1954-55 NHL Regular Season Standings
|Detroit Red Wings||70||42||17||11||95||204||134|
|Toronto Maple Leafs||70||24||24||22||70||147||135|
|New York Rangers||70||17||35||18||52||150||210|
1954-55 National Hockey League Season
1954-55 in the National Hockey League was all about the Detroit Red Wings and Montreal Canadiens. Detroit finished two points ahead of Montreal with the Canadiens 23 points ahead of the third place Toronto Maple Leafs.
In the Stanley Cup finals, the Red Wings and Habs met with the series going the full seven games. Montreal was without Maurice ‘Rocket’ Richard due to a season ending suspension. The Red Wings came out on top to win the championship. It would be the last time for five years that the Canadiens wouldn’t hoist the cup.
At the other end of the spectrum, the Chicago Blackhawks mustered just 13 wins in 70 games. They were the only team left out of All-Star Team selections. The one bright light was Ed Litzenberger. Ed started his rookie NHL season with the Canadiens and had a modest eleven points after 29 games.
After moving to Chicago, Litzenberger ‘lit’ it up. In 44 games, he scored 16 and assisted on 24 for 40 points for the dismal Blackhawks. With the difference in schedules, Ed played in 73 games over the 70 game season. Litzenberger was honoured with the Calder Trophy as rookie of the year. He remains just one of seven player to win the Calder Trophy in the NHL and play for a Calder Cup winning team in the AHL. More on that here: 7 to win the Calder and Calder.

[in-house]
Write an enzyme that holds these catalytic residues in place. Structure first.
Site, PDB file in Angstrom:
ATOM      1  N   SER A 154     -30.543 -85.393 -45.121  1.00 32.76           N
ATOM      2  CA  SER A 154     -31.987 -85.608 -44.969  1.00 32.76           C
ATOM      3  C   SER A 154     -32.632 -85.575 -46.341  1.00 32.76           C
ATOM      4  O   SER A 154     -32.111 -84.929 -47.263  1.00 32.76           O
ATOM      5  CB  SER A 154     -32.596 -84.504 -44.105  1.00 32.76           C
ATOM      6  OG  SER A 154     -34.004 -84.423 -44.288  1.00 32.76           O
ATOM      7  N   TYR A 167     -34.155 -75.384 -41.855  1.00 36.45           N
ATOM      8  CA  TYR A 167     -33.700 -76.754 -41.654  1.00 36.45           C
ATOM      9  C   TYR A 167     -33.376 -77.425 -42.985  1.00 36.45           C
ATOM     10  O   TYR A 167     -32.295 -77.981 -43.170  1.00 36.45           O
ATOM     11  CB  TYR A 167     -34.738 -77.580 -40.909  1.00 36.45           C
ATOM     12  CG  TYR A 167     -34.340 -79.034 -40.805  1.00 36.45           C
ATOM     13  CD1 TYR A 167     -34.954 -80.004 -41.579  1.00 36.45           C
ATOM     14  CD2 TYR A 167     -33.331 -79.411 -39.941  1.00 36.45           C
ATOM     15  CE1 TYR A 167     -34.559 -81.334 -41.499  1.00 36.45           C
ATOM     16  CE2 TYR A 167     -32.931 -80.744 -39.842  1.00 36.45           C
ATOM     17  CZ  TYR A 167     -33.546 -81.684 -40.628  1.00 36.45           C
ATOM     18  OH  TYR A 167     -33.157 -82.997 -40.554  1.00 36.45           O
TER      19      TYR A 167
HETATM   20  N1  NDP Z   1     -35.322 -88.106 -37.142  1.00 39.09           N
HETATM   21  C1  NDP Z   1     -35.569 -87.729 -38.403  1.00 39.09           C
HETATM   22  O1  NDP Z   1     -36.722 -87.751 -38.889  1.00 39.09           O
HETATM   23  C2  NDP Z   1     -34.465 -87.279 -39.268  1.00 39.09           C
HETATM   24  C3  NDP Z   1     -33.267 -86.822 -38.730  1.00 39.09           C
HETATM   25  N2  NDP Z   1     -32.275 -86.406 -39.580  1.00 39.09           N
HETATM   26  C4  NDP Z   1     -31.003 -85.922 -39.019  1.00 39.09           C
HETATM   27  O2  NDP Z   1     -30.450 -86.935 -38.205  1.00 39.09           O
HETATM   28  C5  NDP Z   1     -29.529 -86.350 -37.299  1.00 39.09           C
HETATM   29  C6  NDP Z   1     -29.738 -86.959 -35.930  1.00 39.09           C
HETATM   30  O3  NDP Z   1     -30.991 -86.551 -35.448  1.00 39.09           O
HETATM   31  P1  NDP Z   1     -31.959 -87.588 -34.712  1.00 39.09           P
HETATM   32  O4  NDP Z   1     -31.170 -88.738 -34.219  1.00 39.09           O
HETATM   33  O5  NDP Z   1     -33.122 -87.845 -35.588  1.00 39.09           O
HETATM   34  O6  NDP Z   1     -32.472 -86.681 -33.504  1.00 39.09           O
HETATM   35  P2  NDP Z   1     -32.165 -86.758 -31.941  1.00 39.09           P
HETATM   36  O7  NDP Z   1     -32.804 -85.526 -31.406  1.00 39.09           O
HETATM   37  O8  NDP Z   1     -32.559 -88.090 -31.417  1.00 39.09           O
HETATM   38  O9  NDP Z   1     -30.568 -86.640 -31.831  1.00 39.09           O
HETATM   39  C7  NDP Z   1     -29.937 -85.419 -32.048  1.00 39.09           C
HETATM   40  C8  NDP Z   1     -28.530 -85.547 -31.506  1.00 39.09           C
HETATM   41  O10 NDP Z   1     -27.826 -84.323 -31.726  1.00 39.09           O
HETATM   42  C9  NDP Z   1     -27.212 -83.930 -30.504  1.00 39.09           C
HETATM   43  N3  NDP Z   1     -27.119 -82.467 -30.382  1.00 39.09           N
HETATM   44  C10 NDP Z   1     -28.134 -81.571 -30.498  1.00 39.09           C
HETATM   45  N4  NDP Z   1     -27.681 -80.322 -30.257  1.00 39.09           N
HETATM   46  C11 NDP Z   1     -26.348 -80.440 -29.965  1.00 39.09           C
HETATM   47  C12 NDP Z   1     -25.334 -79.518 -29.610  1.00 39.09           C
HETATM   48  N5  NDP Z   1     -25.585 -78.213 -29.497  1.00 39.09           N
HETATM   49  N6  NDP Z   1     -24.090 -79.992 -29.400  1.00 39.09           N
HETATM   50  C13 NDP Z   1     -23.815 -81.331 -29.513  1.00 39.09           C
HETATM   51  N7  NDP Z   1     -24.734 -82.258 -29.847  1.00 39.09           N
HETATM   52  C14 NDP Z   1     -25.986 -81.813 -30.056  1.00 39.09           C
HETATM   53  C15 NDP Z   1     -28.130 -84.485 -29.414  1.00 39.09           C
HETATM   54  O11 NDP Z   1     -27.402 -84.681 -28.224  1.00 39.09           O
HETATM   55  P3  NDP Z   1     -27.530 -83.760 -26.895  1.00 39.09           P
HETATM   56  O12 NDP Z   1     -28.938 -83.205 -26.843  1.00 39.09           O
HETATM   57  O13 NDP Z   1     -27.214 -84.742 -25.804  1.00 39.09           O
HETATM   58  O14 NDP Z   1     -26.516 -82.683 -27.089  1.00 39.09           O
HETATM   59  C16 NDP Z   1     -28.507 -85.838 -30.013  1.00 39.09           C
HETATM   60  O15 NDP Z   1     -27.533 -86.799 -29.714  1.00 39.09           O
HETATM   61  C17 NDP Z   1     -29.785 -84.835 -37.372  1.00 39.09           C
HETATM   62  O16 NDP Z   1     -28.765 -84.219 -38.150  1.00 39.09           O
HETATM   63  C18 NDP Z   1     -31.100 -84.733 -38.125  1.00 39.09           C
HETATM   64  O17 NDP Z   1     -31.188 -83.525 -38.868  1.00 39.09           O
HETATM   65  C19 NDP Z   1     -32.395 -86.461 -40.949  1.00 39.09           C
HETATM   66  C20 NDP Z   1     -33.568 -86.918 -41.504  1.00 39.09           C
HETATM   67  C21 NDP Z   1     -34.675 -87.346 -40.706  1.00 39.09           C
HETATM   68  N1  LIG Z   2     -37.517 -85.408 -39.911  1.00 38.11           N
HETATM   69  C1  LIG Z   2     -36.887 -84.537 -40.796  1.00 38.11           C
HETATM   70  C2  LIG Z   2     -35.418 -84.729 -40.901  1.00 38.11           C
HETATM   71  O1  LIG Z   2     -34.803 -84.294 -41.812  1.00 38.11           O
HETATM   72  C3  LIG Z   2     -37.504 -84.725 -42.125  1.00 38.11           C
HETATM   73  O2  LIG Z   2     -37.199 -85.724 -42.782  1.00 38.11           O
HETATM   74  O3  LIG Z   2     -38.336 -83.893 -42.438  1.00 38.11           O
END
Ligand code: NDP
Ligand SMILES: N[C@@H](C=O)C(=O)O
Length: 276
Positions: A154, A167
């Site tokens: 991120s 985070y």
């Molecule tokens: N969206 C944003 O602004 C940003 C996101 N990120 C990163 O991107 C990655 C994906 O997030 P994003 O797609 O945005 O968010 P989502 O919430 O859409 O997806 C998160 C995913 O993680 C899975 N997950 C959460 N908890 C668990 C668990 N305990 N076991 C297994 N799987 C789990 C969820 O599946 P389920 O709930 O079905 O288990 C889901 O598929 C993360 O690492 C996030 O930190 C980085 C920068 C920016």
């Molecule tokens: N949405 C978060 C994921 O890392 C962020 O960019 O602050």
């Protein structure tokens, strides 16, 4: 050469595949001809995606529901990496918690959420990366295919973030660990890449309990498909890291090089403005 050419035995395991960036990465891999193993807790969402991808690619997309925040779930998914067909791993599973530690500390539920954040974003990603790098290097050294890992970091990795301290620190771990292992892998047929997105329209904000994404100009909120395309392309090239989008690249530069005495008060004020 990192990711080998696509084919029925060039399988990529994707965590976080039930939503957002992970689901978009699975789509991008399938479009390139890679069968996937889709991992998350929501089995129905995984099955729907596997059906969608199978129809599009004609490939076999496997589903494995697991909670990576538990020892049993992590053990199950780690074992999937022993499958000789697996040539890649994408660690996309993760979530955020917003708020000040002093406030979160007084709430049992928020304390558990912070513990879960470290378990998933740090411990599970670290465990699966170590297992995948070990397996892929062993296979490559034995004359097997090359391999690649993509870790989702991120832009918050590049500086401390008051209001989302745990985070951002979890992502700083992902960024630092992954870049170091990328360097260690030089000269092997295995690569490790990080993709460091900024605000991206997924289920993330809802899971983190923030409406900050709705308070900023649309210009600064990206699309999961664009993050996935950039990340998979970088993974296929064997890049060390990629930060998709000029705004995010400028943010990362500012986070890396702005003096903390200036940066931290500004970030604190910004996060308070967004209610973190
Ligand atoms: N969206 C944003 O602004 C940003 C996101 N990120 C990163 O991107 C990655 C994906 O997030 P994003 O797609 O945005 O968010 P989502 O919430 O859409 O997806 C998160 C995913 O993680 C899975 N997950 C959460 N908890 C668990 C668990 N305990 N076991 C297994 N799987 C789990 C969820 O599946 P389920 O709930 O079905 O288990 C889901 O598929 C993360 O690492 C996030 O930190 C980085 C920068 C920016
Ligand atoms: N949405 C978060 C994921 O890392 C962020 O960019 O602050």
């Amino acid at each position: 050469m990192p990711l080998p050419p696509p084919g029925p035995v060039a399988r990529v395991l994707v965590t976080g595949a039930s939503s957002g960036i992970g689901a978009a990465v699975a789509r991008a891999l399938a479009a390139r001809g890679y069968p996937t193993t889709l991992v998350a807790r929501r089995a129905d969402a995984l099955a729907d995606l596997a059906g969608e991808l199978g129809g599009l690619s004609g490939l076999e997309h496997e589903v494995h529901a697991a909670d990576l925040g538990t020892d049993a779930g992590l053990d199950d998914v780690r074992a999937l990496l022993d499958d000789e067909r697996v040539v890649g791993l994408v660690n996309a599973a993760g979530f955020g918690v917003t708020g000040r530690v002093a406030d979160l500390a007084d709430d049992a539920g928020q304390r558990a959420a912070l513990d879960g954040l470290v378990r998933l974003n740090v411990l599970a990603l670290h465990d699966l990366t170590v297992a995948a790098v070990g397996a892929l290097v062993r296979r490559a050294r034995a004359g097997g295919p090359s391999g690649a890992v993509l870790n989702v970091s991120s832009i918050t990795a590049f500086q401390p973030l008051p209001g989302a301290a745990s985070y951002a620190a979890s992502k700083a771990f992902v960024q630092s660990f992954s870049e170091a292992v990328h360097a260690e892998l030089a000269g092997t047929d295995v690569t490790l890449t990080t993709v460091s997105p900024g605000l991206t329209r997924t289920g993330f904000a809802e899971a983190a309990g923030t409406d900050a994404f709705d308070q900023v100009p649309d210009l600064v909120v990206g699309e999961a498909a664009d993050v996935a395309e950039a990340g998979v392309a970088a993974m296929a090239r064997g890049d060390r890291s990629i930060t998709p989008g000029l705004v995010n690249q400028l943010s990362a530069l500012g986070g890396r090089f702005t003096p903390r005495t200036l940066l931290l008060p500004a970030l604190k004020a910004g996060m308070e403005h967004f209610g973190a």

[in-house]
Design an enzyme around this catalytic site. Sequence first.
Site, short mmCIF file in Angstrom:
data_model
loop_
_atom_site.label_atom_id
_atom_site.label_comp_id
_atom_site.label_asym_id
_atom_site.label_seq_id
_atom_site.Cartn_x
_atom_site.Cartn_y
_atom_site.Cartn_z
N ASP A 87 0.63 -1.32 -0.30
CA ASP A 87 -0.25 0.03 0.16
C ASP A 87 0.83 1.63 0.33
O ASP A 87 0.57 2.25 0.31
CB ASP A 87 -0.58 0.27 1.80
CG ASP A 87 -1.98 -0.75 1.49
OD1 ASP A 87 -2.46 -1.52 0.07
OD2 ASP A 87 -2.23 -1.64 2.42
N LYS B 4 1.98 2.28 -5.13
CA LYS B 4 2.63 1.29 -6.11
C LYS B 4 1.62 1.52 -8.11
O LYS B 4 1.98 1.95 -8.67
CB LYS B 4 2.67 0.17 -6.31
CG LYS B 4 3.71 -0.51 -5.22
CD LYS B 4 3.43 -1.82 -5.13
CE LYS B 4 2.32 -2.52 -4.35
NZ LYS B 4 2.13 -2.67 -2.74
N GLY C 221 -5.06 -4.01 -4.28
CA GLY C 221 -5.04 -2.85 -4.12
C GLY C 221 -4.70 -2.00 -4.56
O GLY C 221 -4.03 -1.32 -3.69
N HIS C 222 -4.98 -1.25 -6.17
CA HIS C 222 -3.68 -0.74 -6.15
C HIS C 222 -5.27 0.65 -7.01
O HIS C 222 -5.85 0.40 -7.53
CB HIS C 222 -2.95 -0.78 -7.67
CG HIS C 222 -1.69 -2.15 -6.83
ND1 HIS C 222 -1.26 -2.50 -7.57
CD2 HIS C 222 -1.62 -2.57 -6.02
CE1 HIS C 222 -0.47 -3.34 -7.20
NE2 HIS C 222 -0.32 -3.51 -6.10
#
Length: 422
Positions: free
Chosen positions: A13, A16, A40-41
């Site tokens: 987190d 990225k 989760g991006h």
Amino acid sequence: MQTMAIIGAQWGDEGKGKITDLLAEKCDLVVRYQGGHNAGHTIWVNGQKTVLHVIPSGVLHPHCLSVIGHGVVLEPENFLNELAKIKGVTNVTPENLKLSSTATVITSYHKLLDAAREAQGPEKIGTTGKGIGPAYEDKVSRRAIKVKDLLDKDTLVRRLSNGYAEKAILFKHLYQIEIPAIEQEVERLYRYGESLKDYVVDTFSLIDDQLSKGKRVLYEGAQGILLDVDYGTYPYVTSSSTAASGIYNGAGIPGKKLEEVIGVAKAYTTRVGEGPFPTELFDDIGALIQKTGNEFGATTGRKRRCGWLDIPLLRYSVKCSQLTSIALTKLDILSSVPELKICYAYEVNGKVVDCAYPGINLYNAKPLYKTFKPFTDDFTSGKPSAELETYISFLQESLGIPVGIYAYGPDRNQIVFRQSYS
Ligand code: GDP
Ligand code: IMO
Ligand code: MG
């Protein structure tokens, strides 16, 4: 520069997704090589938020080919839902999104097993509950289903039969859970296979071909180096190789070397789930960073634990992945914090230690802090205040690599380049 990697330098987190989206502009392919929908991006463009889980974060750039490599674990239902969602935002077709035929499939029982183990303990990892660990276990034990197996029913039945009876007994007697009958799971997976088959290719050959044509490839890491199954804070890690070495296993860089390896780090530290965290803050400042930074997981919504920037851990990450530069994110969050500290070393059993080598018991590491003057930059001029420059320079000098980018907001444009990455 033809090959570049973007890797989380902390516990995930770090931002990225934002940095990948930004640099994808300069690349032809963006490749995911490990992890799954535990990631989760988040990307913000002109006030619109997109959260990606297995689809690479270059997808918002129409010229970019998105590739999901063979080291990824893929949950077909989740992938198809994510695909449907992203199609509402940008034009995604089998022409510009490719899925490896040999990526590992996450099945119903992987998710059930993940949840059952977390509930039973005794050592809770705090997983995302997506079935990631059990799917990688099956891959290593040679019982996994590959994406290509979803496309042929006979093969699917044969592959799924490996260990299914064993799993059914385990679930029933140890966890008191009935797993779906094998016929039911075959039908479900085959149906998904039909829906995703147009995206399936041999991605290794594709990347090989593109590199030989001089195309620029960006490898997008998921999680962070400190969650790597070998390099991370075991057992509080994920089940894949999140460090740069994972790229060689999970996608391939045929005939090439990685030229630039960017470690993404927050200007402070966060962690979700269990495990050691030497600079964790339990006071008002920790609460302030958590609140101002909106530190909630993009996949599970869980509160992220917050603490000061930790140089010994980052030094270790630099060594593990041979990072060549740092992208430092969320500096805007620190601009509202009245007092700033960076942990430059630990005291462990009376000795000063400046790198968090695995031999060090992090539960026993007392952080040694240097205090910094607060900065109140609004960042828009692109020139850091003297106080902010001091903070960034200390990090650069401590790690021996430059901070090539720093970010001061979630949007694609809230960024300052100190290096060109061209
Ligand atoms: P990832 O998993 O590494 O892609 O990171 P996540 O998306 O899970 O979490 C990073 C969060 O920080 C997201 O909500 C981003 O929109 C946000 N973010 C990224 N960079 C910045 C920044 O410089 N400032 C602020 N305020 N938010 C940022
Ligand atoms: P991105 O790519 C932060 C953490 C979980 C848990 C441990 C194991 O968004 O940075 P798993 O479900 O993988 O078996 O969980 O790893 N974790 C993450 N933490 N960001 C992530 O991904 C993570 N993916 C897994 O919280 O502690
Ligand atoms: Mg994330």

The Hart Trophy went to Ted Kennedy of the Toronto Maple Leafs. It was his last full season in the NHL, playing just 30 games in a short comeback in 1956-57 before his career ended. Kennedy scored ten and assisted on 42 for 52 points over the full 70 games for a Maple Leafs team that finished third and was swept by Detroit in the opening round of the playoffs.
Bernie Geoffrion of the Canadiens won his first of two Art Ross Trophies in a season that lacked a runaway offensive leader. Boom Boom totaled 75 points over 70 games, just one point ahead of teammate Rocket Richard and two points ahead of Jean Beliveau. He also tied Richard for first in goal scoring with 38.
Doug Harvey was just getting the ball rolling on his incredible career on the blue line. Harvey won the Norris Trophy as best defenseman for the first of seven times. His 49 points from the point were quite remarkable in those pre-Bobby Orr days.
Terry Sawchuk won the Vezina Trophy, appearing in 68 games for Detroit and posting a 1.94 goals against average with 12 shutouts. Harry Lumley of the Maple Leafs had slightly better numbers with a 1.93 GAA over 69 games, along with eight shutouts. However, the Vezina is based on team goals against and Detroit allowed one fewer goal that Toronto.
Dick Duff was the only member of the Hockey Hall of Fame to make his debut in 1954-55. Don Cherry played his only NHL game that season, a single match with the Boston Bruins in the playoffs. Hockey Hall of Fame members Milt Schmidt, Bill Mosienko and Edgar Laprade all appeared in their NHL finale.